In early March 2017 Tropical Cyclone Enawo battered Madagascar with winds in excess of 205km/h.
22 July 2022
02 March 2017
By Jochen Kerkmann (EUMETSAT) and HansPeter Roesli (Switzerland)
Tropical Cyclone Enawo formed as a moderate tropical storm on 3 March, before strengthening into a tropical cyclone on 5 March and further into an intense tropical cyclone on 6 March. Enawo's lifespan, from the severe convection that led to the tropical cyclone's formation to just after it made landfall, can be seen in the Meteosat-8 Tropical Airmass RGB animation , from 3 March 00:00 UTC to 8 March 18:00 UTC. Using the Tropical Airmass improves the details of cloud structures, because it uses ranges more appropriate for cold, high clouds. In particular, for the green range (IR9.6–IR10.4) it uses a range from -25 to +25K (instead of -40 to +5K).
Comparing the Meteosat imagery from 5 March and 6 March, the details of the cyclone are much clearer on the Meteosat-8 imagery, this is because of the positions of the satellites (Met-8 at 41.5 deg East, Met-10 at 0 deg). This can be clearly seen in both the Meteosat-8 Airmass RGB animation and infrared animation , from 5 March 02:00 UTC to 8 March 02:00 UTC, which concentrate on the Category-4 period when the tropical cyclone had a pronounced eye. This pronounced eye could also be seen on the Metop-B Natural Colour image from 7 March at 06:06 UTC, as the satellite passed directly over it.
Enawo was forecast to hit Madagascar on 7 March (see the forecast track from the Joint Typhoon Warning Centre ). It reached peak intensity at 06:00 UTC on 7 March, with ten-minute maximum sustained winds of 205 km/h and a central pressure of 925hPa — equivalent to Category 4 hurricane. As predicted Enawo made landfall in Madagascar on 7 March, at 09:30 UTC, the strongest cyclone to hit the country since Gafilo in 2004. Five people were reported to have died after Enawo made landfall on the island.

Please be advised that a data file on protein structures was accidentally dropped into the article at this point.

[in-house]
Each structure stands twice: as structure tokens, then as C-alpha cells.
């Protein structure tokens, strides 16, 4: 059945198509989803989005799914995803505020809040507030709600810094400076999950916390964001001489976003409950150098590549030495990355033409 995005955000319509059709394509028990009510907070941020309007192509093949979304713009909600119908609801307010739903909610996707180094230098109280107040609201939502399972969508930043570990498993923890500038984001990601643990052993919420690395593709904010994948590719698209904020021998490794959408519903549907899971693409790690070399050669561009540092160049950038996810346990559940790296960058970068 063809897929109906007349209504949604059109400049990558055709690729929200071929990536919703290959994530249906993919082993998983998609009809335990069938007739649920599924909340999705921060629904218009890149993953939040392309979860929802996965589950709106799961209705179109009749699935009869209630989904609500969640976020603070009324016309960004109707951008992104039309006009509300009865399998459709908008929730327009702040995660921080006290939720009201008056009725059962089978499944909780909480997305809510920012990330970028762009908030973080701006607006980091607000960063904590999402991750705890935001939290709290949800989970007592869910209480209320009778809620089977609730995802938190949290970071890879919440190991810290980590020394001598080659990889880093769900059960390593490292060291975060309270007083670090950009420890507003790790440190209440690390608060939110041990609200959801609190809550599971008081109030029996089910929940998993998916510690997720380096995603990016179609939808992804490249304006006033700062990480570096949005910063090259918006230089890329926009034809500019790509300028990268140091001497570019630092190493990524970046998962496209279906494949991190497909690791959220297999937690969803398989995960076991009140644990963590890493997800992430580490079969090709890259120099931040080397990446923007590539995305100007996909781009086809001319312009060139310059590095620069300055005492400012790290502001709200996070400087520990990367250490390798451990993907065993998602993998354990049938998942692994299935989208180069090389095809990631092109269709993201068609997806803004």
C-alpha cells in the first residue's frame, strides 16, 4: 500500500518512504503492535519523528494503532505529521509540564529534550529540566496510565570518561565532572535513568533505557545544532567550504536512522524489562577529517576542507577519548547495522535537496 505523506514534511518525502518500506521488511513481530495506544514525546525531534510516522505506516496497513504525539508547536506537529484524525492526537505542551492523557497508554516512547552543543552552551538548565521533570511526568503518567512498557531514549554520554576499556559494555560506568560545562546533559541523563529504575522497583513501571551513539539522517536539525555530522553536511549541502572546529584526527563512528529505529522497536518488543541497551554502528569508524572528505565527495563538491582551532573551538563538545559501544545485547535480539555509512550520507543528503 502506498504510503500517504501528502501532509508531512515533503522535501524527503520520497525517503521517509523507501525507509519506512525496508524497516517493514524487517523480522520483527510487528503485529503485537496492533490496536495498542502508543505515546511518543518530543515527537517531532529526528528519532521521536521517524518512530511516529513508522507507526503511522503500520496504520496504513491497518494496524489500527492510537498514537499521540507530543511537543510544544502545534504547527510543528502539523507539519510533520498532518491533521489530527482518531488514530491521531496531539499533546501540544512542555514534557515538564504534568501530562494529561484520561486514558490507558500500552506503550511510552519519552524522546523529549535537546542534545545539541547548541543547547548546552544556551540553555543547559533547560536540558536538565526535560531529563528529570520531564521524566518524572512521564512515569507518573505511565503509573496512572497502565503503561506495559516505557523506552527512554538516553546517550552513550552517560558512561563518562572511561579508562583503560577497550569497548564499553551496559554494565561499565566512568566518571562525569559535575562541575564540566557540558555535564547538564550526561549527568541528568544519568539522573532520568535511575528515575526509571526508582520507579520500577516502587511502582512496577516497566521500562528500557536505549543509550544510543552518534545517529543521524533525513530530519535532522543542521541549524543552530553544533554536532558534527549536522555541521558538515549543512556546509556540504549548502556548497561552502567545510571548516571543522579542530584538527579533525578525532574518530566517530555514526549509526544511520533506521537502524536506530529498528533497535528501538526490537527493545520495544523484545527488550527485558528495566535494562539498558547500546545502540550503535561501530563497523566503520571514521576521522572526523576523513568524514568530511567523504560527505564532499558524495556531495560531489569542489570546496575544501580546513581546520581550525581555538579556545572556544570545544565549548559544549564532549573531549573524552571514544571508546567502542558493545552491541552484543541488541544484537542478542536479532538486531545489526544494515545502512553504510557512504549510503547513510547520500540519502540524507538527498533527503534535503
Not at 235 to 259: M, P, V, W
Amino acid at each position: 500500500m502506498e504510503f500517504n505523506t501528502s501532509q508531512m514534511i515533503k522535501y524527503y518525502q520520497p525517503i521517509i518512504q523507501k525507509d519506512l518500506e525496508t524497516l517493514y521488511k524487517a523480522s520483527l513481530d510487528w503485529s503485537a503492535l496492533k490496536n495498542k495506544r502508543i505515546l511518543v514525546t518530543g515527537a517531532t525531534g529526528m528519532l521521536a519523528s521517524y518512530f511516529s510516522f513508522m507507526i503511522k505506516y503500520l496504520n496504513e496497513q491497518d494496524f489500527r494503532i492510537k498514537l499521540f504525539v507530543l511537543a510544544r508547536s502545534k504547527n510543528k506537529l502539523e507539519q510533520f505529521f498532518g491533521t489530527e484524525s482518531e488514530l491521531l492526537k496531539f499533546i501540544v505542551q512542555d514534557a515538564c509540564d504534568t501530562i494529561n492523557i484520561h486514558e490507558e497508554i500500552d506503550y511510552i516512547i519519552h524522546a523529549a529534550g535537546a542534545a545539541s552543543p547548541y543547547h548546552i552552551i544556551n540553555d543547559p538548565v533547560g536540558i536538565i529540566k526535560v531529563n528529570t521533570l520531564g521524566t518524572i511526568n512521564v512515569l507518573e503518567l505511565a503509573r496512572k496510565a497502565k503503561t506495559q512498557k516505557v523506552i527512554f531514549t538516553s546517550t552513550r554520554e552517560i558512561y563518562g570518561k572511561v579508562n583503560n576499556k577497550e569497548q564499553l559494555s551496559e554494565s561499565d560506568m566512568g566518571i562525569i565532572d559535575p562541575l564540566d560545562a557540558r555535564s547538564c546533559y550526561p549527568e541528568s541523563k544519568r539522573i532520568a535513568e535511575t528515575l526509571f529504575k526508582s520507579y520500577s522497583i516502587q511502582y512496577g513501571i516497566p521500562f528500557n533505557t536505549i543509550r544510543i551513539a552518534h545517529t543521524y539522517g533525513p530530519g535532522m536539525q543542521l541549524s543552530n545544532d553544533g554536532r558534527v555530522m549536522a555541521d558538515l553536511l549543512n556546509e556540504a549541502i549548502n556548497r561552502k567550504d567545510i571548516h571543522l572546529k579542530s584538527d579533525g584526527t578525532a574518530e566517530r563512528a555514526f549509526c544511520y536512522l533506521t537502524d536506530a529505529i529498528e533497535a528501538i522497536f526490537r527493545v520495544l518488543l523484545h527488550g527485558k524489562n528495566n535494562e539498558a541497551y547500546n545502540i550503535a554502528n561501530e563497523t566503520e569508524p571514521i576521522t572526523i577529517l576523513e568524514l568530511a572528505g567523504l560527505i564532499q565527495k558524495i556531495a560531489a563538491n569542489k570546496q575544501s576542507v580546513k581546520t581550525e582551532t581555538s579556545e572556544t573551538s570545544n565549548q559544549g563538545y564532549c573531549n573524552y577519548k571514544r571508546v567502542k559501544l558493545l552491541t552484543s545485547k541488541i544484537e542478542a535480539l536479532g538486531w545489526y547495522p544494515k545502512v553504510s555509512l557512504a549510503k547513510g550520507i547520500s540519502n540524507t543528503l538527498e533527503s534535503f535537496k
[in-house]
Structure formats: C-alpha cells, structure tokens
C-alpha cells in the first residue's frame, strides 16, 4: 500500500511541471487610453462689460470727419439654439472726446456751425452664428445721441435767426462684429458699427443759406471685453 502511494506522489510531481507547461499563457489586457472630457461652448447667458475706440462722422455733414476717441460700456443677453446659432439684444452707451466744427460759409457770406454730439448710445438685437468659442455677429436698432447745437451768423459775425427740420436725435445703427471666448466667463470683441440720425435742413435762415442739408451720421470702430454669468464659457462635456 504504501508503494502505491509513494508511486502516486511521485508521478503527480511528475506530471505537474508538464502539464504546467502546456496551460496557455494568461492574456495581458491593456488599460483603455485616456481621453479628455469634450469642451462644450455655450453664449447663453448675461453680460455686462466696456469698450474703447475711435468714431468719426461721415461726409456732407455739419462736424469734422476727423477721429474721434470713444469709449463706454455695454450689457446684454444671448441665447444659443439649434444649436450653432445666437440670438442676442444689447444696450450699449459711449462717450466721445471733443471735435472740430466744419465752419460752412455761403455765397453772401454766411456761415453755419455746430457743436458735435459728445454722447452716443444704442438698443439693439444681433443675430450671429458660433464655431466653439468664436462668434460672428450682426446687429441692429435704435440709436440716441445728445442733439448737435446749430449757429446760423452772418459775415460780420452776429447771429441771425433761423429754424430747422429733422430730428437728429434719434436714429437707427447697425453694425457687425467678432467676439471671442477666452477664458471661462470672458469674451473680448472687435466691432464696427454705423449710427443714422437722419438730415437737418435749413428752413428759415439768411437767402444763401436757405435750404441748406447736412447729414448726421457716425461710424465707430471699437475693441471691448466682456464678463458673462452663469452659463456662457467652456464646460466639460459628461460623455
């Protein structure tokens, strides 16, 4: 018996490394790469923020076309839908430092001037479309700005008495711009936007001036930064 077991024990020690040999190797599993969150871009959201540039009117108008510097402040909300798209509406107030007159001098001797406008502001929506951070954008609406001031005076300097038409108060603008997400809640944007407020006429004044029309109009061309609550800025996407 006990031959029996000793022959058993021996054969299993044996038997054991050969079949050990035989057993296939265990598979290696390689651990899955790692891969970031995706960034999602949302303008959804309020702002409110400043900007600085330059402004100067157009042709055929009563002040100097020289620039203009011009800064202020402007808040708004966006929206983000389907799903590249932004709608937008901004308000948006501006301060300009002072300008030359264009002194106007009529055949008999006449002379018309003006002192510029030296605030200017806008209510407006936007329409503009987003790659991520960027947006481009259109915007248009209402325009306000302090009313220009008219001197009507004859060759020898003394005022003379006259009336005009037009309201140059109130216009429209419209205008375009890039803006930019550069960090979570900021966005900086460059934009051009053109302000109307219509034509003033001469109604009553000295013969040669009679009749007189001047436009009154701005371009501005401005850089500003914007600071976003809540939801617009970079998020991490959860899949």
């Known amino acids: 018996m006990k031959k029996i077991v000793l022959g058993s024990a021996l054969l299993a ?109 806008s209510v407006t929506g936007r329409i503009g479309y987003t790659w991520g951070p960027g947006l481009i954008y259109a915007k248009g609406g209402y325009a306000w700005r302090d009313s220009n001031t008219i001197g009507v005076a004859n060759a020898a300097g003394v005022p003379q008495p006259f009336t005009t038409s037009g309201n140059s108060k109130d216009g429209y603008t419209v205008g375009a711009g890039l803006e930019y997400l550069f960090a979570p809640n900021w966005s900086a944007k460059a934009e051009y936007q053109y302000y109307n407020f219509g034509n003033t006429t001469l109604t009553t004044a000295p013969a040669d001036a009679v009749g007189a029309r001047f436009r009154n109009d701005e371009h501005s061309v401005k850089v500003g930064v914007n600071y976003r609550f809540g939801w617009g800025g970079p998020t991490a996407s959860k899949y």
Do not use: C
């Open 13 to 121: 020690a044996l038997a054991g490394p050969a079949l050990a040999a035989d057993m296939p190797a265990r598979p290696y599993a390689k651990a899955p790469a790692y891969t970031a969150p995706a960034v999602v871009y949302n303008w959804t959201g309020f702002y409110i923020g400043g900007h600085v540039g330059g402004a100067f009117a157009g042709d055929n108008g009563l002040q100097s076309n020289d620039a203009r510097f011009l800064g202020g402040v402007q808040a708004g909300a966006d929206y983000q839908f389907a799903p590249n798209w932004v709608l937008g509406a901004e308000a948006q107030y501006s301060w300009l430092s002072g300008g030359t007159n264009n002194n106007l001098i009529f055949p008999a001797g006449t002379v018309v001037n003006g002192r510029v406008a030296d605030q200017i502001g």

On the Meteosat-8 Day Microphysics RGB image, 5 March 12:00 UTC (Figure 2, left panel), the cloud structures can be clearly seen because the resolution is better at that position (41.5 deg East) than the Meteosat-10 image from the same time (Figure 2, right panel), where it is at the edge of the disc.
Similar tropical cyclone cases
Tropical Cyclone Fantala
Tropical Cyclone Fantala showed a very clearly defined eye as the storm reached Category 5 level in mid-April.
Tropical Cyclone Hellen
On 30 March, Hellen was a severe tropical cyclone situated over the Mozambique Channel, northwest of Antananarivo, Madagascar.
Cyclone Haruna near Madagascar
Tropical Cyclone Haruna developed in the northern Mozambique Channel and had a clearly visible, large eye.